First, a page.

With less than a week to go, American families are preparing to cross the country to be with their loved ones for the number one fall holiday. Most would think I’m referring to Thanksgiving, but they’d be wrong. Being a technology lover, in my mind there is truly no better day of consumerism than the yearly Black Friday sales. The best fall holiday is surely the day after Thanksgiving when millions of Americans burn their turkey ingested calories elbowing and shoving their way down the many congested aisles of the local brand name stores in search of the best deal.
You’d think that being a Canadian and living hours from the US border would be enough to lessen the impact of this yearly madfest of overabundant consumer greed. The problem is, again you’d be wrong. Growing up in a town less than an hour from the border I can remember family members complaining about the long lines and border congestion even back when it didn’t have the love affair most people have for it today. Perhaps it marked me as a child but I’ve always found that day fascinating.
Being Canadian, we also have our own day of blatant consumerism known nationally as Boxing Day (the day after Christmas for any of you not familiar with the term). That day every store in town is open and post Christmas prices are drastically reduced. I’ve known entire families that purchased the majority of their Christmas presents the day after Christmas solely because they could buy twice as many things for half of the price. Like Black Friday in the States, lineups are long, parking lots are full, people are grumpy and everyone is trying to one up each other on savings.
Unlike Black Friday though, I’ve never been that interested in Boxing Day sales. Maybe it’s the result of the post Christmas crash (the directionless feeling you get after weeks of preparations and festive parties). In truth, it’s probably the reality that I despise the cold and Christmas in Canada is anything but warm. To be ultra honest, I know it to be simply my disdain for waiting in line, over crowded malls, poor parking and dealing with people when they’re not at their best.
So the question you’re probably asking yourself right about now is why do I love Black Friday so much? To put it simply, I don’t have to be there. You see, what most people fail to realize is that most of the sales can be had via a few clicks of my mouse. And as the phenomenon slowly spreads across the globe, the deals are no longer limited to the good old US of A. Many retailers around the world are starting to catch on and realizing that the sooner they kick start the Christmas season, the more money they’re likely to see as Christmas draws near.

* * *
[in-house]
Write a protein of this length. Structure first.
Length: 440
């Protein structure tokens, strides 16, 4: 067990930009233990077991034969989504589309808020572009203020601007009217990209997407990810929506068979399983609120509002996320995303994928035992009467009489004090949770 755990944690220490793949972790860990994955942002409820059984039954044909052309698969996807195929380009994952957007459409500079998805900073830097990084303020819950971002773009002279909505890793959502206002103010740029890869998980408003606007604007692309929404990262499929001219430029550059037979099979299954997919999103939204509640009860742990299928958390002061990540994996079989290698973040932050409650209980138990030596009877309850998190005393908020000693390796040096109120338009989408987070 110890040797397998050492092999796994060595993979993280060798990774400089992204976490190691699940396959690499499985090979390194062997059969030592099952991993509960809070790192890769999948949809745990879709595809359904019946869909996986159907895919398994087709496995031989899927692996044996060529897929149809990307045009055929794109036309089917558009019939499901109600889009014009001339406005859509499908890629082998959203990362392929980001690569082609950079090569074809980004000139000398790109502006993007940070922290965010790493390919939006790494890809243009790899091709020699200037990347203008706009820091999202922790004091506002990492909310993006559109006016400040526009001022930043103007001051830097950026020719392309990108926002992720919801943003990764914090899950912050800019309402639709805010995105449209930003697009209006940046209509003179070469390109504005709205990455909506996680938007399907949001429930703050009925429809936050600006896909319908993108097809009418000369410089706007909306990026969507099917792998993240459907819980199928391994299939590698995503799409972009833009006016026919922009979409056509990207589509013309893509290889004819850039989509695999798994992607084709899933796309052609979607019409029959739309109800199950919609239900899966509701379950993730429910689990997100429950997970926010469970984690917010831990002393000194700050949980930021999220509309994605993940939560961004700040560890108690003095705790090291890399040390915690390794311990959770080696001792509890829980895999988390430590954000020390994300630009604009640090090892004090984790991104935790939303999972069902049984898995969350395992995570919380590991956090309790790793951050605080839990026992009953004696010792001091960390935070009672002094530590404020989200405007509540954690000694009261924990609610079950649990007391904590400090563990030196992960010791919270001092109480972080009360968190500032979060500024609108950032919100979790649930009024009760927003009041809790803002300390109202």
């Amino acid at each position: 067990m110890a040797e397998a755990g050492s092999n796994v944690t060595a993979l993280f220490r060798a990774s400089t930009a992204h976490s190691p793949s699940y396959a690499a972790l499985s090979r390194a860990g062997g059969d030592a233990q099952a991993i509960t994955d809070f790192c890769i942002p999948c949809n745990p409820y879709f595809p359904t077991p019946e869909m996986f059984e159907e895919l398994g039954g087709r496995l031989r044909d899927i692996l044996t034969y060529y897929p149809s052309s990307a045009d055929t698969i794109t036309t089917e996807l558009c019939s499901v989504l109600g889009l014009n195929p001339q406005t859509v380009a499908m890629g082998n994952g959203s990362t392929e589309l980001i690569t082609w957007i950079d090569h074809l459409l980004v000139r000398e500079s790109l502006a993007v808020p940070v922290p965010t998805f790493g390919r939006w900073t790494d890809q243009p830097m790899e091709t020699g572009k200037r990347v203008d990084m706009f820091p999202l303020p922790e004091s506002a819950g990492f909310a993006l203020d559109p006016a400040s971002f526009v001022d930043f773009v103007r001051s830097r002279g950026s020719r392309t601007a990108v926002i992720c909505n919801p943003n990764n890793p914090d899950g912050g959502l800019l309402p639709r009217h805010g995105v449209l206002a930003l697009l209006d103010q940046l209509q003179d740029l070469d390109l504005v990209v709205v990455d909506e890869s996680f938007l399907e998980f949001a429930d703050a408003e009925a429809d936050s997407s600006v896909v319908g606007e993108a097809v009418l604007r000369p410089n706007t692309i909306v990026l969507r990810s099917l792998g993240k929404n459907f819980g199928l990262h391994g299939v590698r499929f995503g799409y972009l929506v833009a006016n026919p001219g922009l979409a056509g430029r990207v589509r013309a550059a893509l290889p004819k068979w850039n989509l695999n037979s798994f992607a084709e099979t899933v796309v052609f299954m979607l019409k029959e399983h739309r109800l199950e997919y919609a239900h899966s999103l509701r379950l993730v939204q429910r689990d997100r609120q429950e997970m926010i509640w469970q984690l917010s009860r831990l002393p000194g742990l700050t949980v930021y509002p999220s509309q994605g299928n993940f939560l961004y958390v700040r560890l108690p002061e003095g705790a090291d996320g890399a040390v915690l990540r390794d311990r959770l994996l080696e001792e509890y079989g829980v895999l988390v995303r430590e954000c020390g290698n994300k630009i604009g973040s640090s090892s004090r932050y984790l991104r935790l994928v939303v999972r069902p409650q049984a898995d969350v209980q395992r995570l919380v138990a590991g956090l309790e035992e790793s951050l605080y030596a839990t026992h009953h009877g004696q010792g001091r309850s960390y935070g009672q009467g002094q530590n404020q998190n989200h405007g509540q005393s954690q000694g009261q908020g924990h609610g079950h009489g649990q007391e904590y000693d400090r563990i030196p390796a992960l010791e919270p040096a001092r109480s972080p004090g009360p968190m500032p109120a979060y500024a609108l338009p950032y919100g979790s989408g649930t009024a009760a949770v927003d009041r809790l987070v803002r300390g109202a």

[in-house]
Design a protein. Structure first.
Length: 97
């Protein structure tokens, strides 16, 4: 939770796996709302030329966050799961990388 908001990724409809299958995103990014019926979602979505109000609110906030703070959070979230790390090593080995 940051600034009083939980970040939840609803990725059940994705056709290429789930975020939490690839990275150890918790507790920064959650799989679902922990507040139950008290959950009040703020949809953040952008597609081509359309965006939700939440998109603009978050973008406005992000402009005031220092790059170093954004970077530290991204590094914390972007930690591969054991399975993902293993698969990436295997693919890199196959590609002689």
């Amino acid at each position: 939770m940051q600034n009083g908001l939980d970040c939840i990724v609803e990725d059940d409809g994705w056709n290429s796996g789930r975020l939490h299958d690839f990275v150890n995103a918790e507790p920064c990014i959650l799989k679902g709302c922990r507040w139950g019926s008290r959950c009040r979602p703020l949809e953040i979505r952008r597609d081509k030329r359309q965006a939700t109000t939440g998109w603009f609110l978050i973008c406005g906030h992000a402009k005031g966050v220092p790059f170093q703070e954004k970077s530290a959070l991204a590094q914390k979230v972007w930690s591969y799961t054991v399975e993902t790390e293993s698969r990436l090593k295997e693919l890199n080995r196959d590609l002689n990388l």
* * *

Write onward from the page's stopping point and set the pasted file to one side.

Many people, including Canadians, wait with bated breath as the onslaught of price slashing begins. Many will hold off buying anything for months on end hoping to snag that amazing deal and shave a few percent off any other previous season’s best deals. Message boards like SlickDeals in the US and RedFlagDeals in Canada will be all aglow with every whispered or alleged deal that pops up as the day approaches. Websites like Black Friday Ads, BlackFriday.com or TheBlackFriday will become some of the busiest sites online this month.
For all us technology lovers, Cyber Monday has already been christened as the day to buy things online and that I rejoice in as well. You see, I’ve never been to a mall in the US on Black Friday, nor do I ever plan to be. Just like Boxing Day here in Canada I have no interests in ruining my seasonal good cheer to the crazed masses who brave the lineups and who find the thrill of the hunt only second to snagging the best deal.
Unlike most deal chasers, I watch this unfold from the comfort of my couch, order the few pieces of tech I’ve had my eye on and go on with my life. You see, unlike the US, Canadians have already had our Thanksgiving in October and for us, the fourth Friday in November is just a great day to find some great deals online.
Maybe in it’s own way, the true meaning of Thanksgiving isn’t completely lost in all this. After all, it was originally a day to celebrate the harvest after a long season and was a time to celebrate their good fortune. That’s not that different than today. Well, maybe it is a little bit but nonetheless, it doesn’t ruin my feelings of happiness for getting a good deal and for that I am always thankful. It is the one day of the year I embrace my consumerism and for that I offer no apologies. The deals ARE just too good to pass up!
Here’s to a Happy Thanksgiving to all our American neighbors! May you find cheer and goodwill in your fellow man and may you find deals in every store!